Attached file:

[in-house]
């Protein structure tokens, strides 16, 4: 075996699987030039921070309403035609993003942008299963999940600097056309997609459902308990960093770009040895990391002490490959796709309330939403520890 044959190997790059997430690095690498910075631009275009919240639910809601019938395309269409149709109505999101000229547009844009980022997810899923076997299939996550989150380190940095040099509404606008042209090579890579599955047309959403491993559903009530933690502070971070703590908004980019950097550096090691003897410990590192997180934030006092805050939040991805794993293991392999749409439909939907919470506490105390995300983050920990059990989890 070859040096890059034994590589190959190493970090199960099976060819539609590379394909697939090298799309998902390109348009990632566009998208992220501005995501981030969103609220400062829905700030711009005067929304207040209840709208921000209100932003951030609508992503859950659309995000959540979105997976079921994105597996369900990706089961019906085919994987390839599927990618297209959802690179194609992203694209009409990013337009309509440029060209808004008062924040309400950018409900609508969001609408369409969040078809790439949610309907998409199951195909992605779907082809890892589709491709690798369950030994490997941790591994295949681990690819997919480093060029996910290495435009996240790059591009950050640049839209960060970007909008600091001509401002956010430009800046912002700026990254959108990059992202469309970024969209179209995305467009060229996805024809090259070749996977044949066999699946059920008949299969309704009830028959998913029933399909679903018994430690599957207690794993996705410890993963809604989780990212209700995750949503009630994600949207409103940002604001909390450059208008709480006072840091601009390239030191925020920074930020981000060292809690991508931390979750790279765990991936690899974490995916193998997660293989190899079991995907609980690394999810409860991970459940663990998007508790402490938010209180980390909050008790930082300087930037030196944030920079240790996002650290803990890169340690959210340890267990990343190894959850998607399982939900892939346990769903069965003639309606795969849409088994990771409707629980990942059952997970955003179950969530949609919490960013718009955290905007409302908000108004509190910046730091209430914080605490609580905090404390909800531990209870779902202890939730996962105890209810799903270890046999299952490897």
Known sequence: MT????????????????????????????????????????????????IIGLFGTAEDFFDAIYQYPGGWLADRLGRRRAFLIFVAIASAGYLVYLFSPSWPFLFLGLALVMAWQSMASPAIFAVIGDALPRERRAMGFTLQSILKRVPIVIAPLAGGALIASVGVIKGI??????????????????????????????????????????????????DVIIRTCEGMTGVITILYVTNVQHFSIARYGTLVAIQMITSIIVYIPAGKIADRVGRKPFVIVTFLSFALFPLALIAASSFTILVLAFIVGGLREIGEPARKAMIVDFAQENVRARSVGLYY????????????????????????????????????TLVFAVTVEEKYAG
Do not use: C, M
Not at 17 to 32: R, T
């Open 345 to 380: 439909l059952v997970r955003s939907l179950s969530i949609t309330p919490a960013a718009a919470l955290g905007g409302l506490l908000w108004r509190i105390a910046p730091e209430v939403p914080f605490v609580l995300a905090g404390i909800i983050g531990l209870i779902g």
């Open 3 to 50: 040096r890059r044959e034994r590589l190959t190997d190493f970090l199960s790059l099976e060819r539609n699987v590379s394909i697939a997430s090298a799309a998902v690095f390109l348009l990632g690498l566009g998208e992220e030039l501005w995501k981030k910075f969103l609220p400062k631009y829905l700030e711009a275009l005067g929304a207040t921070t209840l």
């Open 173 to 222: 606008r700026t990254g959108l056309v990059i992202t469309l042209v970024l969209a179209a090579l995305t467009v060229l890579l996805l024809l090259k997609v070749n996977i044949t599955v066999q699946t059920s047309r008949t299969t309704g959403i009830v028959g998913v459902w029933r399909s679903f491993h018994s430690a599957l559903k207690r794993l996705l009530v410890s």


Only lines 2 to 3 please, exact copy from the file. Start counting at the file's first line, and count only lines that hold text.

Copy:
């Protein structure tokens, strides 16, 4: 075996699987030039921070309403035609993003942008299963999940600097056309997609459902308990960093770009040895990391002490490959796709309330939403520890 044959190997790059997430690095690498910075631009275009919240639910809601019938395309269409149709109505999101000229547009844009980022997810899923076997299939996550989150380190940095040099509404606008042209090579890579599955047309959403491993559903009530933690502070971070703590908004980019950097550096090691003897410990590192997180934030006092805050939040991805794993293991392999749409439909939907919470506490105390995300983050920990059990989890 070859040096890059034994590589190959190493970090199960099976060819539609590379394909697939090298799309998902390109348009990632566009998208992220501005995501981030969103609220400062829905700030711009005067929304207040209840709208921000209100932003951030609508992503859950659309995000959540979105997976079921994105597996369900990706089961019906085919994987390839599927990618297209959802690179194609992203694209009409990013337009309509440029060209808004008062924040309400950018409900609508969001609408369409969040078809790439949610309907998409199951195909992605779907082809890892589709491709690798369950030994490997941790591994295949681990690819997919480093060029996910290495435009996240790059591009950050640049839209960060970007909008600091001509401002956010430009800046912002700026990254959108990059992202469309970024969209179209995305467009060229996805024809090259070749996977044949066999699946059920008949299969309704009830028959998913029933399909679903018994430690599957207690794993996705410890993963809604989780990212209700995750949503009630994600949207409103940002604001909390450059208008709480006072840091601009390239030191925020920074930020981000060292809690991508931390979750790279765990991936690899974490995916193998997660293989190899079991995907609980690394999810409860991970459940663990998007508790402490938010209180980390909050008790930082300087930037030196944030920079240790996002650290803990890169340690959210340890267990990343190894959850998607399982939900892939346990769903069965003639309606795969849409088994990771409707629980990942059952997970955003179950969530949609919490960013718009955290905007409302908000108004509190910046730091209430914080605490609580905090404390909800531990209870779902202890939730996962105890209810799903270890046999299952490897």
Known sequence: MT????????????????????????????????????????????????IIGLFGTAEDFFDAIYQYPGGWLADRLGRRRAFLIFVAIASAGYLVYLFSPSWPFLFLGLALVMAWQSMASPAIFAVIGDALPRERRAMGFTLQSILKRVPIVIAPLAGGALIASVGVIKGI??????????????????????????????????????????????????DVIIRTCEGMTGVITILYVTNVQHFSIARYGTLVAIQMITSIIVYIPAGKIADRVGRKPFVIVTFLSFALFPLALIAASSFTILVLAFIVGGLREIGEPARKAMIVDFAQENVRARSVGLYY????????????????????????????????????TLVFAVTVEEKYAG